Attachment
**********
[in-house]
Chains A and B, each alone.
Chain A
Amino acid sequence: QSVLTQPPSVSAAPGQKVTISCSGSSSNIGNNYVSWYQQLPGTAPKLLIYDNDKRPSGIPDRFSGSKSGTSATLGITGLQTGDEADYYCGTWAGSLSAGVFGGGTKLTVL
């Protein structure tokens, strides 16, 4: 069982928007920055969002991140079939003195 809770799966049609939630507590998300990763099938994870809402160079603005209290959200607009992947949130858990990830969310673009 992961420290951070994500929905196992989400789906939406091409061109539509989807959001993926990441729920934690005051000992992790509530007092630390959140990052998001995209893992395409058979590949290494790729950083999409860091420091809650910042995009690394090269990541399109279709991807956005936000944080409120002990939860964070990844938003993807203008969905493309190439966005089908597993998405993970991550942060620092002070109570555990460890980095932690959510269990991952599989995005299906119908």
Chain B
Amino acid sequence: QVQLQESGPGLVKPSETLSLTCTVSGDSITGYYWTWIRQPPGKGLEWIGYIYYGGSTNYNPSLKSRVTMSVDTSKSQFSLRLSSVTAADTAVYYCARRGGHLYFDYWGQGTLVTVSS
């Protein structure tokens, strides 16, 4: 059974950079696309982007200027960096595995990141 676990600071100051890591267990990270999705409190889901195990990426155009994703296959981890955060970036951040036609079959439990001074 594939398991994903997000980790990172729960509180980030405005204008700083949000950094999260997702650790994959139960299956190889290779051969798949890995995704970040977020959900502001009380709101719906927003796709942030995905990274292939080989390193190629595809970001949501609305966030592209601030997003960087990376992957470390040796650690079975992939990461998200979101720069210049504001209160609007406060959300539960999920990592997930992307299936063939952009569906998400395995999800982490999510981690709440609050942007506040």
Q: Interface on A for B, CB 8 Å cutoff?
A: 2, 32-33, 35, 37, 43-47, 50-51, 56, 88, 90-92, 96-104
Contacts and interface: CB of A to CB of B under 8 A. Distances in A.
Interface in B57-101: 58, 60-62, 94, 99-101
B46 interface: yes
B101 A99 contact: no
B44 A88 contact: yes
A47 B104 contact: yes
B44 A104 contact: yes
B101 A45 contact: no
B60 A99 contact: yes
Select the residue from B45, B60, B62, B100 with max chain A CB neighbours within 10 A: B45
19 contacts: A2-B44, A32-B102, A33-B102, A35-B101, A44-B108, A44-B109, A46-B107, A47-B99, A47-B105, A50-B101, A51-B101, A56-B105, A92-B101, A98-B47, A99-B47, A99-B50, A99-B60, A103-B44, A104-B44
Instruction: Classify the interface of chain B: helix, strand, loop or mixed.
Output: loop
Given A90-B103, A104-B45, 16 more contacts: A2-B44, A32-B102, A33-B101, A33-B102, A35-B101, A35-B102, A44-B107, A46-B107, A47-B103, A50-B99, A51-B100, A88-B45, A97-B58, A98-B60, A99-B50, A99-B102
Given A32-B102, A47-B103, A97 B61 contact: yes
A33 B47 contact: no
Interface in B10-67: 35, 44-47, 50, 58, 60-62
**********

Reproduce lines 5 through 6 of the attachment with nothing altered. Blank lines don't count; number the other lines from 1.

């Protein structure tokens, strides 16, 4: 069982928007920055969002991140079939003195 809770799966049609939630507590998300990763099938994870809402160079603005209290959200607009992947949130858990990830969310673009 992961420290951070994500929905196992989400789906939406091409061109539509989807959001993926990441729920934690005051000992992790509530007092630390959140990052998001995209893992395409058979590949290494790729950083999409860091420091809650910042995009690394090269990541399109279709991807956005936000944080409120002990939860964070990844938003993807203008969905493309190439966005089908597993998405993970991550942060620092002070109570555990460890980095932690959510269990991952599989995005299906119908």
Chain B